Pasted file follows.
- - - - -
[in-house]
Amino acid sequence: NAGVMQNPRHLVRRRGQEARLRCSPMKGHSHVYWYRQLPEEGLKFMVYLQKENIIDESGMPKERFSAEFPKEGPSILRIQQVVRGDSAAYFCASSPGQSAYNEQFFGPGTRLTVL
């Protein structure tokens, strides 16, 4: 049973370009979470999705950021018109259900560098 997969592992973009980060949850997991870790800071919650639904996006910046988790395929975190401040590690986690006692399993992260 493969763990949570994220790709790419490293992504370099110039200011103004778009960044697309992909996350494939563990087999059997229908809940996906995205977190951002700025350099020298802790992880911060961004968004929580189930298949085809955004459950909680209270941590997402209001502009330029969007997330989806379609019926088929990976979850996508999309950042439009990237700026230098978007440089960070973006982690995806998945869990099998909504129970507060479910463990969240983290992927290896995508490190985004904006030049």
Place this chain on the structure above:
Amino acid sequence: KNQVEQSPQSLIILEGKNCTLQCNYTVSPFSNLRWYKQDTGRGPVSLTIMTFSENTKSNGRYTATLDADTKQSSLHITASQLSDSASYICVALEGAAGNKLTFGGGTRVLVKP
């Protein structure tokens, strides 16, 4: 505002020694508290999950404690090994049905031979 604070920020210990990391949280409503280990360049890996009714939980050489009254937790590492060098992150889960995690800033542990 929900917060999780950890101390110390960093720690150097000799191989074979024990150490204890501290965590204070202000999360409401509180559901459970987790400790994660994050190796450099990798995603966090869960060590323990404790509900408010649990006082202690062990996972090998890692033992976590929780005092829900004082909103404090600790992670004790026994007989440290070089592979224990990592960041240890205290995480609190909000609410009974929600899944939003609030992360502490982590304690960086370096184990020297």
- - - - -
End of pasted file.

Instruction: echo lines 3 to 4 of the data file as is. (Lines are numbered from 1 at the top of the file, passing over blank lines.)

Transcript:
């Protein structure tokens, strides 16, 4: 049973370009979470999705950021018109259900560098 997969592992973009980060949850997991870790800071919650639904996006910046988790395929975190401040590690986690006692399993992260 493969763990949570994220790709790419490293992504370099110039200011103004778009960044697309992909996350494939563990087999059997229908809940996906995205977190951002700025350099020298802790992880911060961004968004929580189930298949085809955004459950909680209270941590997402209001502009330029969007997330989806379609019926088929990976979850996508999309950042439009990237700026230098978007440089960070973006982690995806998945869990099998909504129970507060479910463990969240983290992927290896995508490190985004904006030049």
Place this chain on the structure above: